Holy Crap – I have almost never, in my entire museum-going life (and folks, I’m *married* to a curator, so I’ve been to a lot of museums) heard about an exhibit I want to see more than this one: “Life, Death, and Magic: 200 Years of Southeast Asian Art,” at the National Gallery of Australia, in Canberra.  the description of the exhibit is as follows:

For thousands of years, across mainland and island Southeast Asia, the deification of significant ancestors and the veneration of spirits of nature have formed the basis of traditional beliefs. It has also been the impetus for the creation of splendid and extraordinary works of art in fibre, stone, metal, wood and clay—made to protect and give pleasure to the living, to honour the ancestors and to secure safe passage for the human soul between this world and the afterlife.

Life death and magic: 2000 years of Southeast Asian ancestral art provides an evocative overview of the region’s ancestral arts and culture, from prehistoric times to the twenty-first century. Beautifully designed, it is prolifically illustrated with works of art from countries and regions including Indonesia, the Philippines, Malaysia, Vietnam, Taiwan, East Timor, Brunei, Thailand, Cambodia and southern China which are drawn from museums around the world and the National Gallery of Australia’s exceptional collection of Southeast Asian art.

Now, there’s no way I can raise the scratch to go see this exhibit, so I’m counting on my Australian friends to go, take photos if possible, and comment or post them somewhere.  This is astonishing looking work.  Thank Flying Spaghetti Monster they’re publishing a catalog.  Which I’ve already ordered. Massive Hat Tip to Alison of AlisoninCambodia for the notice.

NoelbyNature, the animating force behind the Southeast Asian Archaeology Blog, has some lovely notes and photos from excavations at Angkor Wat.

Hat tip to Igor Prawn for posting the nice graphic of the World’s Tallest Towers, including a space for the entirely hallucinatory and never-to-be built tower bragged about recently by PM Hun Sen.  Phnom Penh Post.

Also, Tuol Sleng, the notorious prison and torture center also called (more appropriately, S-21), rated a mention at Atlas Obscura.


Village Life is Feminine, But the Socius is Masculine – Eduardo Viveiros de Castro

Seen from the village, life is feminine; one could even say that society is feminine–but it is precisely because it is only part of an encompassing whole from which meaning emanates, and this whole is masculine. If human were immortal, perhaps society could be confounded with the cosmos. Since death exists, it is necessary for society to be linked to something that is outside itself–and that it be linked socially to this exterior. Here is where men enter, charged with two functions that are their exclusive province: shamanism and warfare. In the interior of the socius, male authority can only be based on an association with women: the leader of an extended family controls daughters and gardens, feminine things he obtained through his married status. On the other hand, the power of magic and the force of the warrior exist ‘independently’ of women; they express a movement outwards from the socius, required because it is necessary to administer (in both senses of the term) death. Finally, negated or disguised in its own domain–the internal elaboration of the social fabric–affinity will be used to domesticate this founding bond, the bond with death and exteriority.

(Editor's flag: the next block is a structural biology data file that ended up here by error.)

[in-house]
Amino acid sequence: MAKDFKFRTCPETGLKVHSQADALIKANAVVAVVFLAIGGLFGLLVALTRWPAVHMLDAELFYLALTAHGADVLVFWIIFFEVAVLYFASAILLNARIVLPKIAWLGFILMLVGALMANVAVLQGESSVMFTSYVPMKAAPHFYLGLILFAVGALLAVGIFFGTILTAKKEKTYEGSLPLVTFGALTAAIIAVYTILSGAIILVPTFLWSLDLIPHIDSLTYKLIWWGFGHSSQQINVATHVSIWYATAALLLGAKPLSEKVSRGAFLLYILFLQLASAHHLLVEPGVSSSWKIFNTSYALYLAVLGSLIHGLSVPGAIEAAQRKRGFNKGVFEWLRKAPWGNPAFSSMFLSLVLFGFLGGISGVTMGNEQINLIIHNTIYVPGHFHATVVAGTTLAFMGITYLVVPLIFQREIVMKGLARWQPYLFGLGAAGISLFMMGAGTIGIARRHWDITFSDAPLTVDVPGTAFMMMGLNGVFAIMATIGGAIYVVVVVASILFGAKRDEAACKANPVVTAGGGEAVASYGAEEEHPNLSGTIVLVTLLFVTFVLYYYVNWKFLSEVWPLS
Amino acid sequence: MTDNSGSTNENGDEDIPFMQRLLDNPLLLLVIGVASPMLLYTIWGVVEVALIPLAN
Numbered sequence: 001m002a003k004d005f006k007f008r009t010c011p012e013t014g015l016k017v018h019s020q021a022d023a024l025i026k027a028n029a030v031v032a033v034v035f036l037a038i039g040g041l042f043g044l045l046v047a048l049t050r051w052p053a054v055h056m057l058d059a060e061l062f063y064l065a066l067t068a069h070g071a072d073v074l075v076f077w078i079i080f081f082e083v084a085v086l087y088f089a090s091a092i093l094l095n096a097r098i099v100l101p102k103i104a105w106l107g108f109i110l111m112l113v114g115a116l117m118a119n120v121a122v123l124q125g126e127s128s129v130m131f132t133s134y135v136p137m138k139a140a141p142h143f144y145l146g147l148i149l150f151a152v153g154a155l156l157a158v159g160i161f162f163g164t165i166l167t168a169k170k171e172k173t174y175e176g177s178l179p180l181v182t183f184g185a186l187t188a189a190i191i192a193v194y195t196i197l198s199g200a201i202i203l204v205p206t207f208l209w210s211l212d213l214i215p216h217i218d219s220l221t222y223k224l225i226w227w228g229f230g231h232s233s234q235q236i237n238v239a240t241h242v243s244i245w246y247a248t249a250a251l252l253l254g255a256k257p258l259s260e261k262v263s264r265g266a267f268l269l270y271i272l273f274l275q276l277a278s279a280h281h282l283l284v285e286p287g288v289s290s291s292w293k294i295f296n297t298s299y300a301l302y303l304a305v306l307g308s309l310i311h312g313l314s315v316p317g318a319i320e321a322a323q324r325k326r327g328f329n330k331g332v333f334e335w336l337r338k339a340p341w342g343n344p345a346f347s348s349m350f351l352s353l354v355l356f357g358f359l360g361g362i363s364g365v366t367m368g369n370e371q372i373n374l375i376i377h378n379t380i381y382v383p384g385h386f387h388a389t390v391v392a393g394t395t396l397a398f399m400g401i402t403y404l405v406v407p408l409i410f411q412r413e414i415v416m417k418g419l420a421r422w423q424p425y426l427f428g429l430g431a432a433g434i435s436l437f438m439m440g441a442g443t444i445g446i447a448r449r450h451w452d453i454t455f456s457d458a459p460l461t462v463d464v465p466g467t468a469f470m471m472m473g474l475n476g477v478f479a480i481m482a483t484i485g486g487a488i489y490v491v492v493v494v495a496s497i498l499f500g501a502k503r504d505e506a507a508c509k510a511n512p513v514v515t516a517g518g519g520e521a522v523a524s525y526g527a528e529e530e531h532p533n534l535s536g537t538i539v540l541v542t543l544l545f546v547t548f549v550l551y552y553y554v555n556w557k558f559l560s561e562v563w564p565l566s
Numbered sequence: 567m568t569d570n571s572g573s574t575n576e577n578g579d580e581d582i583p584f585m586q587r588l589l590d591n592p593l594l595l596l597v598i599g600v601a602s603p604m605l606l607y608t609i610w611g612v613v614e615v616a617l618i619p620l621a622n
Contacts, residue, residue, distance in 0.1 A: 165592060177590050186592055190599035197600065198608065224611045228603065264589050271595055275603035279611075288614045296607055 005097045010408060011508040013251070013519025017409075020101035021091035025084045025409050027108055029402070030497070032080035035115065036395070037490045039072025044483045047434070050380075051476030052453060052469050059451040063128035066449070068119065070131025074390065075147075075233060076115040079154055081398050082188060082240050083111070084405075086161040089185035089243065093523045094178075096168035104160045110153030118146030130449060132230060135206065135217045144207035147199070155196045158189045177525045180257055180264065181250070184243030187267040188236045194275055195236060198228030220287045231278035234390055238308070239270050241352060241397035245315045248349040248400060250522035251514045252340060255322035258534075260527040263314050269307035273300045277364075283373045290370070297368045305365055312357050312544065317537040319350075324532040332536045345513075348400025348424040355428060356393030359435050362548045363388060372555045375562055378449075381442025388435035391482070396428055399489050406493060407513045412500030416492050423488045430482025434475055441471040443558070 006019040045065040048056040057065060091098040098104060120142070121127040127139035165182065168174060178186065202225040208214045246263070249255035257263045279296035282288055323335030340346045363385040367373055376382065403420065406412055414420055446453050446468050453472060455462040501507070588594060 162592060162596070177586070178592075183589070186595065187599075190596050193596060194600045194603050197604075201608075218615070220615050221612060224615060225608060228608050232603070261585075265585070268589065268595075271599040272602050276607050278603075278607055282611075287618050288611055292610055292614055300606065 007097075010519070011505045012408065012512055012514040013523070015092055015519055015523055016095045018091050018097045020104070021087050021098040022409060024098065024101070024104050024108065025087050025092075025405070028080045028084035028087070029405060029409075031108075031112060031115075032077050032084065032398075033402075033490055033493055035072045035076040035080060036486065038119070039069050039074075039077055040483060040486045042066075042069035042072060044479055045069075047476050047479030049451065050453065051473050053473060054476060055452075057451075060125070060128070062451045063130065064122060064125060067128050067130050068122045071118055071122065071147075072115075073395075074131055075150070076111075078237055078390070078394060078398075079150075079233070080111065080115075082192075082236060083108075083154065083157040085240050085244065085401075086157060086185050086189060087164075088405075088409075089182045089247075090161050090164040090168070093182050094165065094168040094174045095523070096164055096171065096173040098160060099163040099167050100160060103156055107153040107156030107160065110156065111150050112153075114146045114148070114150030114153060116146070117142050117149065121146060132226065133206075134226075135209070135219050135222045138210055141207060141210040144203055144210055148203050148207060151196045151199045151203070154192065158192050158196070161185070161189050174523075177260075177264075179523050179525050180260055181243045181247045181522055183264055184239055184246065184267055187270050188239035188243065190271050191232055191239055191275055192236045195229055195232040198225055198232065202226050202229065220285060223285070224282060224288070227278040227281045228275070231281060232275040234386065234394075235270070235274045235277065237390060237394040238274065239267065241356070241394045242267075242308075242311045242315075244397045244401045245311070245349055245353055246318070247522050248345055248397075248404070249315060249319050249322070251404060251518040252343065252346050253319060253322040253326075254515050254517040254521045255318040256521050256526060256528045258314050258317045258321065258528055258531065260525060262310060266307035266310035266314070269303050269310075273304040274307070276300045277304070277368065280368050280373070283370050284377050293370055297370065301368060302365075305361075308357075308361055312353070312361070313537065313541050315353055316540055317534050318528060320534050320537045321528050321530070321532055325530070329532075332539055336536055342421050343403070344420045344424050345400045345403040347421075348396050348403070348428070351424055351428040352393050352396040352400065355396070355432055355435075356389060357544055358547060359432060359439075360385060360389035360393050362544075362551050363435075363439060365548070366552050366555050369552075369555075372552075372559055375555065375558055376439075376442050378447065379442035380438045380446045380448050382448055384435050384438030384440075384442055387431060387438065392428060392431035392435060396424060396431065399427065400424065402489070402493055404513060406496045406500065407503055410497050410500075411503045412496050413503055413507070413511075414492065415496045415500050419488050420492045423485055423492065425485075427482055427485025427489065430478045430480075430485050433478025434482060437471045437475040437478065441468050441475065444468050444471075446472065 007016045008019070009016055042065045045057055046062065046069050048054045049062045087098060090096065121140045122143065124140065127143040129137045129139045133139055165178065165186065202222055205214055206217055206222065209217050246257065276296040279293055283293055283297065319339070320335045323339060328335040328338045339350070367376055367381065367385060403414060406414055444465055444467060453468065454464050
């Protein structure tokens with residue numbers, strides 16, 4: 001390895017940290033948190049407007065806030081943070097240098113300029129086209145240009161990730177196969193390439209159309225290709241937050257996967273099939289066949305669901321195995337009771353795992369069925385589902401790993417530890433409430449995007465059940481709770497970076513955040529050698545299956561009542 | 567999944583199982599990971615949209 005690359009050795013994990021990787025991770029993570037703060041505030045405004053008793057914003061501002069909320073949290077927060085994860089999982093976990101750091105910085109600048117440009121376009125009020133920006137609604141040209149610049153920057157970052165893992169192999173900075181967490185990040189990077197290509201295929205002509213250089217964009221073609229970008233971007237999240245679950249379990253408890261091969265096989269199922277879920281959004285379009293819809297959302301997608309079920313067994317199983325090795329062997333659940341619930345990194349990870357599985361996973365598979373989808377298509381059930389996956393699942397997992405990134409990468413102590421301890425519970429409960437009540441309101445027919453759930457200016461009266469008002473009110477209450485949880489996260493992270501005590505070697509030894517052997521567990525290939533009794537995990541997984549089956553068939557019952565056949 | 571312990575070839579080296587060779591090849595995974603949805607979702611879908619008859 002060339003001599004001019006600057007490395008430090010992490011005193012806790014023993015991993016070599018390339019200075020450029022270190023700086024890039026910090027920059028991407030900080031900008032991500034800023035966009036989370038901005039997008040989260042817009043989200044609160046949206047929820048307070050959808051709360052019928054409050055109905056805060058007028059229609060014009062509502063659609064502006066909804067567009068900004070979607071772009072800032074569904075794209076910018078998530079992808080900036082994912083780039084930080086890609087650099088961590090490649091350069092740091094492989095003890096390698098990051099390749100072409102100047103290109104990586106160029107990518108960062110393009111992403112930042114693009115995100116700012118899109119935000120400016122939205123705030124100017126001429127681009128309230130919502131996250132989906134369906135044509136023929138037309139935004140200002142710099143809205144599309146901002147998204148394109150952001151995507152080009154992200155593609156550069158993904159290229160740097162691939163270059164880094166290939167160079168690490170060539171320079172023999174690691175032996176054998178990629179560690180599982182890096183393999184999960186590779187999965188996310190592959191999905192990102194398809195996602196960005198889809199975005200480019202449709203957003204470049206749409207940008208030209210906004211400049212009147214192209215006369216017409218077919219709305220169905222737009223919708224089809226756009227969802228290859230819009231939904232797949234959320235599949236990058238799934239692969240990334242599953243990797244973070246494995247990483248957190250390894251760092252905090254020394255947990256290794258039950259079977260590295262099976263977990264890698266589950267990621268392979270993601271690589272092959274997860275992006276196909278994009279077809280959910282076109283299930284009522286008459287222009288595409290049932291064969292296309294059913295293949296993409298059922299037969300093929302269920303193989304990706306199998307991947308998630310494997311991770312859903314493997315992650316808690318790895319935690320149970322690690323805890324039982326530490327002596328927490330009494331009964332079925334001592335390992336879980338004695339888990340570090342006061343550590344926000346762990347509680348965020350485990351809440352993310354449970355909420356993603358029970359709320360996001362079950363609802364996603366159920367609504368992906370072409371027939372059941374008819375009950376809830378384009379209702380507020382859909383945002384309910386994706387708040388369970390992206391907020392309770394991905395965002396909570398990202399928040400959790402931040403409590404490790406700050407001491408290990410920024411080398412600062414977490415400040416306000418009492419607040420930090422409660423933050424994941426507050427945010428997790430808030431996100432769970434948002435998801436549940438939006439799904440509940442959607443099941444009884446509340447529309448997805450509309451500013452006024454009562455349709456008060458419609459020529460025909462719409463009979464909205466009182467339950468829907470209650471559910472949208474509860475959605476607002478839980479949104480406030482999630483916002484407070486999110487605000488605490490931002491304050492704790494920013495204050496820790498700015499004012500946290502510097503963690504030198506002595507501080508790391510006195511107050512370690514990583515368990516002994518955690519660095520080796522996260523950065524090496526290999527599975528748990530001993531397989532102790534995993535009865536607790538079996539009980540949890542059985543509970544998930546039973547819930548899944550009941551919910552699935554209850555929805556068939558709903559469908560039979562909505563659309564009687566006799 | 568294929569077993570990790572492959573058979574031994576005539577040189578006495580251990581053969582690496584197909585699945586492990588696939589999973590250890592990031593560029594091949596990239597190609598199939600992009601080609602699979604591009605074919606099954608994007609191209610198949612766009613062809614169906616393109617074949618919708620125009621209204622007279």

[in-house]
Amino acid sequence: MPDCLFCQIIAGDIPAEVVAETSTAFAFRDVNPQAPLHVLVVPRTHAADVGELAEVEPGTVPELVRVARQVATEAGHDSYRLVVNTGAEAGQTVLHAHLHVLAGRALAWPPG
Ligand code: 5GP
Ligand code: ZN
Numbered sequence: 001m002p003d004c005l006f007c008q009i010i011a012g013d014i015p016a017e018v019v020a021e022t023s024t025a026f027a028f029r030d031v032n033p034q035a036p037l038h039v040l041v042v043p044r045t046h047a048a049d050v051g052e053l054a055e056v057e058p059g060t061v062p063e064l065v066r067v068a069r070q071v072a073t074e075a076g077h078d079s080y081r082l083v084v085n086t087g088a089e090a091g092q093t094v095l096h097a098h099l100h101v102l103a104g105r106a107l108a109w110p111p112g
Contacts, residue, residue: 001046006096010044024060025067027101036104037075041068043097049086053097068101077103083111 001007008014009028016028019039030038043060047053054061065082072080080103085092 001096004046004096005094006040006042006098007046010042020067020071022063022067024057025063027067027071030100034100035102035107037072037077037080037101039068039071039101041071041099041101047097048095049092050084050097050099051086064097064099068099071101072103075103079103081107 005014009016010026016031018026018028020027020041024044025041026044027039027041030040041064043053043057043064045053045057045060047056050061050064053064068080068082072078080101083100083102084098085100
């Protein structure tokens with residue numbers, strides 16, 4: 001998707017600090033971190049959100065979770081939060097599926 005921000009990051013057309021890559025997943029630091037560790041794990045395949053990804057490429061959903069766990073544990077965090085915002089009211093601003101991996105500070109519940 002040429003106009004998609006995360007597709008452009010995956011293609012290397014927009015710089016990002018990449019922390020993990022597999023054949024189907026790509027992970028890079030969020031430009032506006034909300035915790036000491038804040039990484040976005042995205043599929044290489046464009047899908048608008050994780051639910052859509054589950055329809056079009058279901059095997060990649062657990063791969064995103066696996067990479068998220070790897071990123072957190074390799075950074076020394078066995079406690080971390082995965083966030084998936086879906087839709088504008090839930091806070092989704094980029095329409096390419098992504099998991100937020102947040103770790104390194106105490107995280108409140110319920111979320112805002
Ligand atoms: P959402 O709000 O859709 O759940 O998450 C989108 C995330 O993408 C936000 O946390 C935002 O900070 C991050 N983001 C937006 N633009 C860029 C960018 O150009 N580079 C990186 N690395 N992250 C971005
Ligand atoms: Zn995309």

Eduardo Viveiros de Castro, From the enemy’s point of view. Humanity and divinity in an Amazonian Society., 190-191


What is the Krung Palii Ceremony, and Why is Bun Rany performing it at Preah Vihear? 1.2

There are a couple of posts over at KI-Media, with pictures, of Bun Rany (Hun Sen) performing the ceremony Krung Palii ក្រុង​ពលី at the site of the Preah Vihear temple.

One of those posts, refers to an originally difficult to source article supposedly from a Thai newspaper, which is supposed to accuse Cambodians of performing a ‘black-magic rite’ to curse the Thai.

The source of the article appears to be the infamously dumb and chauvinistic Nation newspaper, which claims that

Many residents in Si Sa Ket province wore yellow yesterday, ostensibly to help protect Thailand from black-magic spells cast by Khmer “wizards” who met at Preah Vihear during the solar eclipse yesterday.

Bun Rany, the wife of Cambodian Prime Minister Hun Sen, led Buddhist monks and soldiers to the ancient Hindu temple yesterday morning to call upon their ancestors to protect the temple.”The first lady called upon ancestral spirits to chase away the enemy,” Min Khin, chairman of Cambodia’s festival committee, told reporters after the ceremony.